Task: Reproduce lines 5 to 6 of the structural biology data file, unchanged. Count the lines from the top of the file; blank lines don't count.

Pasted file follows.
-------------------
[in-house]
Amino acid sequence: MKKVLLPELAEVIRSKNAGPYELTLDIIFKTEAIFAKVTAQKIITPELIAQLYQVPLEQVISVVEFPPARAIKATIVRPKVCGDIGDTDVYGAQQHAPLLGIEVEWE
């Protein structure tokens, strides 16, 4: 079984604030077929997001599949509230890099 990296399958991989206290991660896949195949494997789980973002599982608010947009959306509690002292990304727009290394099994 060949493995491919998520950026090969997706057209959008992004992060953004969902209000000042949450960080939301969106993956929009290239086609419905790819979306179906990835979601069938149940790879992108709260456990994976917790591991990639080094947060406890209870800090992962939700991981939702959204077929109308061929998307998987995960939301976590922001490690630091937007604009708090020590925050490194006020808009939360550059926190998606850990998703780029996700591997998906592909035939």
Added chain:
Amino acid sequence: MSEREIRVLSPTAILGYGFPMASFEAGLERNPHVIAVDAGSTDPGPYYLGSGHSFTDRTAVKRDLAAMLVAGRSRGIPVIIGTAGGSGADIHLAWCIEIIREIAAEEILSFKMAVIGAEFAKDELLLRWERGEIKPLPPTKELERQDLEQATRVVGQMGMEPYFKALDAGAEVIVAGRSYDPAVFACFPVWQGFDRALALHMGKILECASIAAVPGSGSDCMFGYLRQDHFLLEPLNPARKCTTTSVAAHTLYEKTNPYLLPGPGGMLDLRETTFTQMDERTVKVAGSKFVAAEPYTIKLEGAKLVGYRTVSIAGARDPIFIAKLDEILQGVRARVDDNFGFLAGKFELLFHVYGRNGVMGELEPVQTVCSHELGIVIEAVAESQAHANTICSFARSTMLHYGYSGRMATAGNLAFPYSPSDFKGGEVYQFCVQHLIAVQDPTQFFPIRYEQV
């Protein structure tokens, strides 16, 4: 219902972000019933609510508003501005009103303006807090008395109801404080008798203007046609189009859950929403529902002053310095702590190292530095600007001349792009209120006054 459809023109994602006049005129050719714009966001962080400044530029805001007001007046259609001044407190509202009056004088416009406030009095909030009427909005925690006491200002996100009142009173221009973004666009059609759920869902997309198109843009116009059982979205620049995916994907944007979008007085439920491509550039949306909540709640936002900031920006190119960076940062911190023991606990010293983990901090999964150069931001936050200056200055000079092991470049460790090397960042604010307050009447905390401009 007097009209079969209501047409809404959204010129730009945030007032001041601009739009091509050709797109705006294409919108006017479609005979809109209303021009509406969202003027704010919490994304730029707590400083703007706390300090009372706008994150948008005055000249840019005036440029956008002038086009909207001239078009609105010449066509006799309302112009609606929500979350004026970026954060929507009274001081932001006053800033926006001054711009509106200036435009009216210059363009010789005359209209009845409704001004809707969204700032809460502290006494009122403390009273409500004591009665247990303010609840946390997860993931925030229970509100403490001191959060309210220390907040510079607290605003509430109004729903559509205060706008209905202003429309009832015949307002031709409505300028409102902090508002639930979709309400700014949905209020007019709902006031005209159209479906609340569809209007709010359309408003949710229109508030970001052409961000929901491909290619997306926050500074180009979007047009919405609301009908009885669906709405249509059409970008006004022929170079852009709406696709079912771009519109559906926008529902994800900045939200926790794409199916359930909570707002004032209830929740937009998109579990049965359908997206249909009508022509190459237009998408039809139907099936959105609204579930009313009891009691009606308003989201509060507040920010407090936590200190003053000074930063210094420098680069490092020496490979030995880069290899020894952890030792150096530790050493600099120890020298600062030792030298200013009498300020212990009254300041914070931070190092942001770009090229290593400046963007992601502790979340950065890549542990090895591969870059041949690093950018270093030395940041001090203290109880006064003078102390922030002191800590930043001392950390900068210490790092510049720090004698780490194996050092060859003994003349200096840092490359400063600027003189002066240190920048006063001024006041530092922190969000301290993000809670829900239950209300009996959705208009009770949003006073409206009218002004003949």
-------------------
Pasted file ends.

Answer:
Amino acid sequence: MSEREIRVLSPTAILGYGFPMASFEAGLERNPHVIAVDAGSTDPGPYYLGSGHSFTDRTAVKRDLAAMLVAGRSRGIPVIIGTAGGSGADIHLAWCIEIIREIAAEEILSFKMAVIGAEFAKDELLLRWERGEIKPLPPTKELERQDLEQATRVVGQMGMEPYFKALDAGAEVIVAGRSYDPAVFACFPVWQGFDRALALHMGKILECASIAAVPGSGSDCMFGYLRQDHFLLEPLNPARKCTTTSVAAHTLYEKTNPYLLPGPGGMLDLRETTFTQMDERTVKVAGSKFVAAEPYTIKLEGAKLVGYRTVSIAGARDPIFIAKLDEILQGVRARVDDNFGFLAGKFELLFHVYGRNGVMGELEPVQTVCSHELGIVIEAVAESQAHANTICSFARSTMLHYGYSGRMATAGNLAFPYSPSDFKGGEVYQFCVQHLIAVQDPTQFFPIRYEQV
């Protein structure tokens, strides 16, 4: 219902972000019933609510508003501005009103303006807090008395109801404080008798203007046609189009859950929403529902002053310095702590190292530095600007001349792009209120006054 459809023109994602006049005129050719714009966001962080400044530029805001007001007046259609001044407190509202009056004088416009406030009095909030009427909005925690006491200002996100009142009173221009973004666009059609759920869902997309198109843009116009059982979205620049995916994907944007979008007085439920491509550039949306909540709640936002900031920006190119960076940062911190023991606990010293983990901090999964150069931001936050200056200055000079092991470049460790090397960042604010307050009447905390401009 007097009209079969209501047409809404959204010129730009945030007032001041601009739009091509050709797109705006294409919108006017479609005979809109209303021009509406969202003027704010919490994304730029707590400083703007706390300090009372706008994150948008005055000249840019005036440029956008002038086009909207001239078009609105010449066509006799309302112009609606929500979350004026970026954060929507009274001081932001006053800033926006001054711009509106200036435009009216210059363009010789005359209209009845409704001004809707969204700032809460502290006494009122403390009273409500004591009665247990303010609840946390997860993931925030229970509100403490001191959060309210220390907040510079607290605003509430109004729903559509205060706008209905202003429309009832015949307002031709409505300028409102902090508002639930979709309400700014949905209020007019709902006031005209159209479906609340569809209007709010359309408003949710229109508030970001052409961000929901491909290619997306926050500074180009979007047009919405609301009908009885669906709405249509059409970008006004022929170079852009709406696709079912771009519109559906926008529902994800900045939200926790794409199916359930909570707002004032209830929740937009998109579990049965359908997206249909009508022509190459237009998408039809139907099936959105609204579930009313009891009691009606308003989201509060507040920010407090936590200190003053000074930063210094420098680069490092020496490979030995880069290899020894952890030792150096530790050493600099120890020298600062030792030298200013009498300020212990009254300041914070931070190092942001770009090229290593400046963007992601502790979340950065890549542990090895591969870059041949690093950018270093030395940041001090203290109880006064003078102390922030002191800590930043001392950390900068210490790092510049720090004698780490194996050092060859003994003349200096840092490359400063600027003189002066240190920048006063001024006041530092922190969000301290993000809670829900239950209300009996959705208009009770949003006073409206009218002004003949």